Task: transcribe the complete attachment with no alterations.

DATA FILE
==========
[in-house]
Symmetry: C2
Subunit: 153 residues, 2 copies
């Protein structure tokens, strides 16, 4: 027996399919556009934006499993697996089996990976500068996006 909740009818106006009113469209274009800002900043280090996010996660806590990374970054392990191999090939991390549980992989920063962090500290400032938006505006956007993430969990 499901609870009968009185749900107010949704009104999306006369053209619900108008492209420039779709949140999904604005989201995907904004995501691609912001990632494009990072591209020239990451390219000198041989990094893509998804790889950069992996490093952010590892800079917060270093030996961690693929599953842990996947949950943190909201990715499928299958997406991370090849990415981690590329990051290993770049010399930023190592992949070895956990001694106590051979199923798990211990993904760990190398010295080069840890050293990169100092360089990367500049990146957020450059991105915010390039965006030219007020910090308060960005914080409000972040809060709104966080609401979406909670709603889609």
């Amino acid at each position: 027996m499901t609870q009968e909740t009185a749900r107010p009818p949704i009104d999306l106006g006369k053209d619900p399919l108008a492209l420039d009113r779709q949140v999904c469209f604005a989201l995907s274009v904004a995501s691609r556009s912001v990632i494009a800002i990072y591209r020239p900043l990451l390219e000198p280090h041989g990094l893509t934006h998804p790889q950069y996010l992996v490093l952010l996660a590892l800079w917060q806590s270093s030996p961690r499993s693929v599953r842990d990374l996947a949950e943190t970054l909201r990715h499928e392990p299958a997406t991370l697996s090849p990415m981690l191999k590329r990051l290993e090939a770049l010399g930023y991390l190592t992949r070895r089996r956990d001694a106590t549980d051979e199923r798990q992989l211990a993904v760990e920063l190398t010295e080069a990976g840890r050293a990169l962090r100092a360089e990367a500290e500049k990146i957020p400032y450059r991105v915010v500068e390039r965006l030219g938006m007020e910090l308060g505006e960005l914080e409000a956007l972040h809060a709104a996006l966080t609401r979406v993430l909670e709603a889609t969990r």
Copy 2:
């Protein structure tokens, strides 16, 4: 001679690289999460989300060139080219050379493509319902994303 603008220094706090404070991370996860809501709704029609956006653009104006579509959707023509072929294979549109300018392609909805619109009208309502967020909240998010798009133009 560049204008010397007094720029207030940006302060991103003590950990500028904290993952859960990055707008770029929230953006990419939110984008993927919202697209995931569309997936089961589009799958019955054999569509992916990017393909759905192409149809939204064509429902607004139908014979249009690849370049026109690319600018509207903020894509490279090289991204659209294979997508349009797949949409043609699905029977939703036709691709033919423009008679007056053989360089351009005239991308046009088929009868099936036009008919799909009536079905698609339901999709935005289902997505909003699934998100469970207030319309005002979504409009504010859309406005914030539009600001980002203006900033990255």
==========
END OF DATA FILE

[in-house]
Symmetry: C2
Subunit: 153 residues, 2 copies
């Protein structure tokens, strides 16, 4: 027996399919556009934006499993697996089996990976500068996006 909740009818106006009113469209274009800002900043280090996010996660806590990374970054392990191999090939991390549980992989920063962090500290400032938006505006956007993430969990 499901609870009968009185749900107010949704009104999306006369053209619900108008492209420039779709949140999904604005989201995907904004995501691609912001990632494009990072591209020239990451390219000198041989990094893509998804790889950069992996490093952010590892800079917060270093030996961690693929599953842990996947949950943190909201990715499928299958997406991370090849990415981690590329990051290993770049010399930023190592992949070895956990001694106590051979199923798990211990993904760990190398010295080069840890050293990169100092360089990367500049990146957020450059991105915010390039965006030219007020910090308060960005914080409000972040809060709104966080609401979406909670709603889609």
């Amino acid at each position: 027996m499901t609870q009968e909740t009185a749900r107010p009818p949704i009104d999306l106006g006369k053209d619900p399919l108008a492209l420039d009113r779709q949140v999904c469209f604005a989201l995907s274009v904004a995501s691609r556009s912001v990632i494009a800002i990072y591209r020239p900043l990451l390219e000198p280090h041989g990094l893509t934006h998804p790889q950069y996010l992996v490093l952010l996660a590892l800079w917060q806590s270093s030996p961690r499993s693929v599953r842990d990374l996947a949950e943190t970054l909201r990715h499928e392990p299958a997406t991370l697996s090849p990415m981690l191999k590329r990051l290993e090939a770049l010399g930023y991390l190592t992949r070895r089996r956990d001694a106590t549980d051979e199923r798990q992989l211990a993904v760990e920063l190398t010295e080069a990976g840890r050293a990169l962090r100092a360089e990367a500290e500049k990146i957020p400032y450059r991105v915010v500068e390039r965006l030219g938006m007020e910090l308060g505006e960005l914080e409000a956007l972040h809060a709104a996006l966080t609401r979406v993430l909670e709603a889609t969990r």
Copy 2:
């Protein structure tokens, strides 16, 4: 001679690289999460989300060139080219050379493509319902994303 603008220094706090404070991370996860809501709704029609956006653009104006579509959707023509072929294979549109300018392609909805619109009208309502967020909240998010798009133009 560049204008010397007094720029207030940006302060991103003590950990500028904290993952859960990055707008770029929230953006990419939110984008993927919202697209995931569309997936089961589009799958019955054999569509992916990017393909759905192409149809939204064509429902607004139908014979249009690849370049026109690319600018509207903020894509490279090289991204659209294979997508349009797949949409043609699905029977939703036709691709033919423009008679007056053989360089351009005239991308046009088929009868099936036009008919799909009536079905698609339901999709935005289902997505909003699934998100469970207030319309005002979504409009504010859309406005914030539009600001980002203006900033990255």